June 25, 2020

Want to Live Long and Prosper? Move to a Walkable Neighbourhood


Want to live long and prosper? Here’s a new study from Washington State University showing that walkability has a strong correlation with the likelihood of reaching centenarian age by area.

If you live in a place that has good walking and provides the ability to walk to schools, shops and services, and  has lots of young people working, the correlation is high for a healthy long life.

In a study of close to 150,000 seniors in Washington state, researchers looked at individuals who had lived longer than 75 years up to 100 years and looked for the factors that helped them lead long and healthy lives.

And surprise! As reported in Marketwatch.com

 “Walkable and bikeable streets and clean, accessible parks are linked to increasing physical activity of the surrounding population by 30%. Walkable neighborhoods are especially important for older adults who may have decreased mobility and no longer drive, as they are likely to benefit from easier access to their community afforded by walkable neighborhoods.”

Despite suggestions that the Covid pandemic is providing a short-term shift away from public transport and city living, the study shows that streets that are walkable and cyclable along with park proximity raise physical activity levels by 30 percent. Neighbourhoods planned with good walkability are vital to older adults with mobility issues and who must often walk or take transit to complete basic shopping.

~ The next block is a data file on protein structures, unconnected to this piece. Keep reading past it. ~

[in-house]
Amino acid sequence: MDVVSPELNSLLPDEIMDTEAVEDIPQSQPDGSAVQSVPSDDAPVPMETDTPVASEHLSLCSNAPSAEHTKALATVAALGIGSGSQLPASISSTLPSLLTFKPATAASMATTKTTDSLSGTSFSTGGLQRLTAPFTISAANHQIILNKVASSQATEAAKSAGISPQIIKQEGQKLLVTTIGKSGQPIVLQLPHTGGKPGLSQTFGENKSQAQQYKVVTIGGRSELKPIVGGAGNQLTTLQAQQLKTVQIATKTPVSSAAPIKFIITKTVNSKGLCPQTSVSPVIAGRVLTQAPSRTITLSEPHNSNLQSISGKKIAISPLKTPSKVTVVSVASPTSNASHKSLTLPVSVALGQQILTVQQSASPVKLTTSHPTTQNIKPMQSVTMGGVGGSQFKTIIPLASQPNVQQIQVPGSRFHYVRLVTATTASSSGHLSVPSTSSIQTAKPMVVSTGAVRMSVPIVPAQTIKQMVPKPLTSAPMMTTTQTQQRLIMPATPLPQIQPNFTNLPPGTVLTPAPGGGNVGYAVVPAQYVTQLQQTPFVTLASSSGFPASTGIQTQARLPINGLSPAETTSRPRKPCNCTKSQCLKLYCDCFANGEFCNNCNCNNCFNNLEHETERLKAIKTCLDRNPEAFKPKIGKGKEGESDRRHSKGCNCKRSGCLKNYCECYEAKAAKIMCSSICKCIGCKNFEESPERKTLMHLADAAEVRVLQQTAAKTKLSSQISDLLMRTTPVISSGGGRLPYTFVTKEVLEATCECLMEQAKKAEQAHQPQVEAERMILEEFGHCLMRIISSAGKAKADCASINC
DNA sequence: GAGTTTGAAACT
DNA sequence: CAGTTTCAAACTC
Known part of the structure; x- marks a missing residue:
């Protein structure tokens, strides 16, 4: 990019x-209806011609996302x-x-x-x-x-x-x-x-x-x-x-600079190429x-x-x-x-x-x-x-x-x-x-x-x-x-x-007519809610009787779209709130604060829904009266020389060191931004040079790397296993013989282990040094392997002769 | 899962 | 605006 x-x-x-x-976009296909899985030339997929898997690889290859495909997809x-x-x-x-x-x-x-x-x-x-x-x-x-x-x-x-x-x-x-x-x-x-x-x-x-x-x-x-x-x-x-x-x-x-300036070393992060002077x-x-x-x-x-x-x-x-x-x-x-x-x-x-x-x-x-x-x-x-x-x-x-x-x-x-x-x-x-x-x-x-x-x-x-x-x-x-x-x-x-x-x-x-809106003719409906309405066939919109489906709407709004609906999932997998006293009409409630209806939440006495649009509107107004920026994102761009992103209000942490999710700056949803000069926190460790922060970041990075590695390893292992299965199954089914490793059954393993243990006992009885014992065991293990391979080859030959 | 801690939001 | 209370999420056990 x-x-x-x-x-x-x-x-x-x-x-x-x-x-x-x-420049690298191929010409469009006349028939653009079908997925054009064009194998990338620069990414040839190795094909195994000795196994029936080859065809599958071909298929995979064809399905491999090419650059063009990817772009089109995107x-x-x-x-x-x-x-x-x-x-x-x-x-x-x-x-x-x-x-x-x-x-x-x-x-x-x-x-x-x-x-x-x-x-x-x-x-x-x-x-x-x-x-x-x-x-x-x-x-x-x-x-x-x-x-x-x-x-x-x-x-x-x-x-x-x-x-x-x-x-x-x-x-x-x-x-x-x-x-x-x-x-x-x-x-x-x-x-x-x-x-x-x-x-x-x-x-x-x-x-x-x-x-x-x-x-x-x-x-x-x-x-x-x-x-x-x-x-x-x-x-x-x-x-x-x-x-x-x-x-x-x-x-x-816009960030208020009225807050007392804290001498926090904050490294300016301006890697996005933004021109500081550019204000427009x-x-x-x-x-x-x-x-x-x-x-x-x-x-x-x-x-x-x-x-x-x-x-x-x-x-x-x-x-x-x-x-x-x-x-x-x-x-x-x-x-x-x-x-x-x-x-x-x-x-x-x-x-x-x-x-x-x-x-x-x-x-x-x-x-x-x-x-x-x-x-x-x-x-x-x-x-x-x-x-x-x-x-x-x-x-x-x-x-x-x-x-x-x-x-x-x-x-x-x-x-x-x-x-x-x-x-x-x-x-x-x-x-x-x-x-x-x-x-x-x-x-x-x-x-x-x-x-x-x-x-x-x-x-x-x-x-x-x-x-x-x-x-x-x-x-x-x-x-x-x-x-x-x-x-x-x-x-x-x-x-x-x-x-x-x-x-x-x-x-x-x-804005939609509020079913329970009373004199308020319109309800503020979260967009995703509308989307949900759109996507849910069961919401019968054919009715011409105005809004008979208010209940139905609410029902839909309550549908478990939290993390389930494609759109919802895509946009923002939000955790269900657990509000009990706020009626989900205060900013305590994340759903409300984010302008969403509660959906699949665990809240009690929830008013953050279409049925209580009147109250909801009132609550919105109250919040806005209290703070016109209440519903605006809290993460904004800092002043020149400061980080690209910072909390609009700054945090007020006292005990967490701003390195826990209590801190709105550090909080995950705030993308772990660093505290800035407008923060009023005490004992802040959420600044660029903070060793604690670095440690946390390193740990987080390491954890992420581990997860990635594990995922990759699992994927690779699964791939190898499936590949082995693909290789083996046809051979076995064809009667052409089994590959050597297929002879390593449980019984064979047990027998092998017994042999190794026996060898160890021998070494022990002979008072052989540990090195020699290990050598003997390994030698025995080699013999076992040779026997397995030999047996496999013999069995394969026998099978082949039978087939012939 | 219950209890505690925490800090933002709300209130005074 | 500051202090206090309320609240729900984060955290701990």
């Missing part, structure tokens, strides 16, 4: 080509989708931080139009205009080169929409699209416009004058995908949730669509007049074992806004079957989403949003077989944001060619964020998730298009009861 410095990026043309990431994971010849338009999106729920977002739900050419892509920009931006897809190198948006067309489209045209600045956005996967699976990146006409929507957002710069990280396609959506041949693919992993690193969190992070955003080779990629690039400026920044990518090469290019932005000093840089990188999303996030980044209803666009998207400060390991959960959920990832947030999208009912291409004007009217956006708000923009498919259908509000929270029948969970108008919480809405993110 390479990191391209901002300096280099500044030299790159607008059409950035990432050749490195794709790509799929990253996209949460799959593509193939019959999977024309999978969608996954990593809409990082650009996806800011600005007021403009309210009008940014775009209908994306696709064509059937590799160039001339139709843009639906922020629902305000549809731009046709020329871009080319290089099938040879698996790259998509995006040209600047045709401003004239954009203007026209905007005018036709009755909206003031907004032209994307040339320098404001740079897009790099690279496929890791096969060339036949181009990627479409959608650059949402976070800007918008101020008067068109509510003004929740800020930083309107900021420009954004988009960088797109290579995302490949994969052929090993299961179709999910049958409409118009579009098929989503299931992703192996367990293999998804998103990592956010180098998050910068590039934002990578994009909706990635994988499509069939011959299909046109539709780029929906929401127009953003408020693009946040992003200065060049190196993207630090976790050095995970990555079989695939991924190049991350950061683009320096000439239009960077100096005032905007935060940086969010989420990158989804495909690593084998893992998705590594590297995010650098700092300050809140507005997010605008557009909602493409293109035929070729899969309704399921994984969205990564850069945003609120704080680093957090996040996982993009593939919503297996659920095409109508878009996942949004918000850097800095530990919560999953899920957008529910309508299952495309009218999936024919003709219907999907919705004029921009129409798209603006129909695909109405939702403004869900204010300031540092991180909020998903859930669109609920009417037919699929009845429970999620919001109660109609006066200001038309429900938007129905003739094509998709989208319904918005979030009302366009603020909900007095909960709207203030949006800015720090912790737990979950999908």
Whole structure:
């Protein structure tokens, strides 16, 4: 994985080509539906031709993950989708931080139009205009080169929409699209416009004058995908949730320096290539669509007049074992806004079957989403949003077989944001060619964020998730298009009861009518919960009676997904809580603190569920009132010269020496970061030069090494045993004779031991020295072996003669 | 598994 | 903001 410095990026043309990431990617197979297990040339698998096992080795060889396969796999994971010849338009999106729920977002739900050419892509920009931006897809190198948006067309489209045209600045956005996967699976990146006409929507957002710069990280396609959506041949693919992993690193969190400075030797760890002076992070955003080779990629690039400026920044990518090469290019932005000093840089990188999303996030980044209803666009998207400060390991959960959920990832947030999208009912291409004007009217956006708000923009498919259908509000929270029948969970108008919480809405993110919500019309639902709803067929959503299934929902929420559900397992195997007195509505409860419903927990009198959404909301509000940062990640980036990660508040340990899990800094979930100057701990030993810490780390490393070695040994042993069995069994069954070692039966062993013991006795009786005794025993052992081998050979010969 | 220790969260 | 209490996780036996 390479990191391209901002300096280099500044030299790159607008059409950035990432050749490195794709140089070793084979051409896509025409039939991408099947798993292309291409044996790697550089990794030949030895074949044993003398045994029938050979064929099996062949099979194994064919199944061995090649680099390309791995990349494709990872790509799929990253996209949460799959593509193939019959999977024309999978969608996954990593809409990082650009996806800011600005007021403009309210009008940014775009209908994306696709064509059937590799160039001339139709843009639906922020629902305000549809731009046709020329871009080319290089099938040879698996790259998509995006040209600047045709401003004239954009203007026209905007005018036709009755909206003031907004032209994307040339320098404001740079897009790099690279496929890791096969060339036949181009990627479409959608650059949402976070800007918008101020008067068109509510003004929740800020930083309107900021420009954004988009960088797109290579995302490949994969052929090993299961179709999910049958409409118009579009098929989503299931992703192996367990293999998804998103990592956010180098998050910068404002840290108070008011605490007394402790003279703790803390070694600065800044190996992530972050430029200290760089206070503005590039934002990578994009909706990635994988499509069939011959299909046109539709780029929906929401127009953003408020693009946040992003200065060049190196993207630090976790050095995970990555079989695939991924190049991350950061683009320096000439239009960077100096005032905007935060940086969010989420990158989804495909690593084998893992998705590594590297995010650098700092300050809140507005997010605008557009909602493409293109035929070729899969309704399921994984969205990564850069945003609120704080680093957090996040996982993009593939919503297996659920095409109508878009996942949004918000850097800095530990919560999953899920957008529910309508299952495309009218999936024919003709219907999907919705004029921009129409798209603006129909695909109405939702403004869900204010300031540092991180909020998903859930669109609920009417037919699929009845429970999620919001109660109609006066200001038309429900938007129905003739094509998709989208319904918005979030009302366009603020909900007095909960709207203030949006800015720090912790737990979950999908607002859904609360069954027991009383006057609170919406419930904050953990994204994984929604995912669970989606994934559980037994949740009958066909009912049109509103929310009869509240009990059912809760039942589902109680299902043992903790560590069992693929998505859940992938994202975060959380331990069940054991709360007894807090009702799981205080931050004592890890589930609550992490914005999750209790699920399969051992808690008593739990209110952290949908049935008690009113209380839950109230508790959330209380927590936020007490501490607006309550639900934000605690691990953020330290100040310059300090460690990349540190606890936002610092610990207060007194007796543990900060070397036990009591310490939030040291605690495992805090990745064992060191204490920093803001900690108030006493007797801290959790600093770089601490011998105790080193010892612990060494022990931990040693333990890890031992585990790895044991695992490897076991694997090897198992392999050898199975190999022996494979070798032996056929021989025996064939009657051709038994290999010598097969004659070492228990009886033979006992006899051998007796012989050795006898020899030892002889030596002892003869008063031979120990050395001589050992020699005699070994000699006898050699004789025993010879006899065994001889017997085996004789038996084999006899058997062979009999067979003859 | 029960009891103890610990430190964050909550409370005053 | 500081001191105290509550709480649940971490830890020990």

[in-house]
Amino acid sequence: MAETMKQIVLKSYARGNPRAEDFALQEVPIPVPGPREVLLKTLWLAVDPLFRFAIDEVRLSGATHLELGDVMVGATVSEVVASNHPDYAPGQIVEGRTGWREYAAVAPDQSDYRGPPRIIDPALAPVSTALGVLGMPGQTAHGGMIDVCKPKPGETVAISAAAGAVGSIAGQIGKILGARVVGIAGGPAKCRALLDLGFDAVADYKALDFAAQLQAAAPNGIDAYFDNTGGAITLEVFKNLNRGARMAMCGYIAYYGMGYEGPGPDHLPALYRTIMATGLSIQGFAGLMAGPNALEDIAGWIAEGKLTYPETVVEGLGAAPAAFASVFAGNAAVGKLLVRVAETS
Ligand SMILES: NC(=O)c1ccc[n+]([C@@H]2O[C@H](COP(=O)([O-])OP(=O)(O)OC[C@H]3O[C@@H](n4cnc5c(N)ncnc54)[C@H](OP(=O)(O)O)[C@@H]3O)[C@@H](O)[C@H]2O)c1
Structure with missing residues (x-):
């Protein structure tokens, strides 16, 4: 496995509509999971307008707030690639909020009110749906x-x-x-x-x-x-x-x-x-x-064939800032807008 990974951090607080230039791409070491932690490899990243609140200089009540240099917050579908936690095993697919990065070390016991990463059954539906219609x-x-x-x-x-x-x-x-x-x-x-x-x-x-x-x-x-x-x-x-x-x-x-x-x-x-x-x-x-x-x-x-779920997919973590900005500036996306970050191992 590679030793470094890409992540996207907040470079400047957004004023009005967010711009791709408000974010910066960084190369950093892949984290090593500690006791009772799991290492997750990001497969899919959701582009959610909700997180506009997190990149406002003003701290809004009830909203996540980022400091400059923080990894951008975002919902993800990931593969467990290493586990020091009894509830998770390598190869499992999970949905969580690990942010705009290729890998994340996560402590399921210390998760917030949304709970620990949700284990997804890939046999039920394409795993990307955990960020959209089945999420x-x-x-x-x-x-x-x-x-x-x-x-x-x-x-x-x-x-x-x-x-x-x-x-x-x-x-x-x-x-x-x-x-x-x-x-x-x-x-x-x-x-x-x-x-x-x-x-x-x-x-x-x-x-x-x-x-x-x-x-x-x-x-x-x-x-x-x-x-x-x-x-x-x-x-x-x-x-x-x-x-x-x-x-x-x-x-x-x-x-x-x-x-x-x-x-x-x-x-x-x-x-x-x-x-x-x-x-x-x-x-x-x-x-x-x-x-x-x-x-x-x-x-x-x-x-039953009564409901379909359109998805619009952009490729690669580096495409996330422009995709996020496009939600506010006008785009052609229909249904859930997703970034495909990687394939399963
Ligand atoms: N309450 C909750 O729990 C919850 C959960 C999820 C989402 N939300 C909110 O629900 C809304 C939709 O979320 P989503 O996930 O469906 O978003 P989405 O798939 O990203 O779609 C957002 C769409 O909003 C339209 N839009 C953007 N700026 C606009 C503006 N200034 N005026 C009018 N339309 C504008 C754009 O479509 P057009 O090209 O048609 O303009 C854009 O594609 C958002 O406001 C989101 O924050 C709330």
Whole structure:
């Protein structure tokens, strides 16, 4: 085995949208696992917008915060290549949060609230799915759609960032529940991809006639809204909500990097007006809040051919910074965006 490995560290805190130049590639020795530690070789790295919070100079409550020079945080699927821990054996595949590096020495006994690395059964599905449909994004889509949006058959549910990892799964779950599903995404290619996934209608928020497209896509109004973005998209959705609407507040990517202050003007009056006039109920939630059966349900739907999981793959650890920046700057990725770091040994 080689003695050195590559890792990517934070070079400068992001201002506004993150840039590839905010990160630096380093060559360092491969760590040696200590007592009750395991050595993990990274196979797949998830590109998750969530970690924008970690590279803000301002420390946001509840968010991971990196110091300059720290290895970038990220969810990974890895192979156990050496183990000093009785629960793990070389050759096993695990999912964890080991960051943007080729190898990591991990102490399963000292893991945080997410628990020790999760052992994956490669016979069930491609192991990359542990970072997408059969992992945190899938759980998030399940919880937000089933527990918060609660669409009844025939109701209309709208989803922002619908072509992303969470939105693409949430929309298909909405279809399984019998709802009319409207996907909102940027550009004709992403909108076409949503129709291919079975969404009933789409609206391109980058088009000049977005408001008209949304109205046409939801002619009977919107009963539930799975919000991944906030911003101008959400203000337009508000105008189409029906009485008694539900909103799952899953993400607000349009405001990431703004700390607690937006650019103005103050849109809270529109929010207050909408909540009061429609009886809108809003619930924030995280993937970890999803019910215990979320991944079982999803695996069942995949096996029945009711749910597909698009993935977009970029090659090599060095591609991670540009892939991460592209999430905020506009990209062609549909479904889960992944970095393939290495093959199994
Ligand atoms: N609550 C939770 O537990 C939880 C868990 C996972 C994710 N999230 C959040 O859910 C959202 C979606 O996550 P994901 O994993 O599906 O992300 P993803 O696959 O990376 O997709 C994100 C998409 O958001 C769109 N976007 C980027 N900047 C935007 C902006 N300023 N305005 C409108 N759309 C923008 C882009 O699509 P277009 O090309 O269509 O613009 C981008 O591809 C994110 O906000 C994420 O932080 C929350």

People living in cities do walk more, have good access to nutritious food and health clinics and have lower body weights. There’s one part of the study that is also fascinating~higher education is not necessarily a factor in living to 100 years.

You can download  the original study that was published in the Journal of Environmental Research and Public Health here.



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  1. Not sure of the neighborhood per se matters, but that you actually walk daily.

    We aim for 5km.

    Of course a walkable neighborhood is inducive to walking, but if you live in a neighborhood where most shops are a car ride away (i.e. low walk core) you can still walk.

    I like the website / blog Blue Zones .. many insights, research and links on aging there .. incl walking, food choices, social contacts etc

    Some links here https://www.google.com/search?q=blue+zones+walkability

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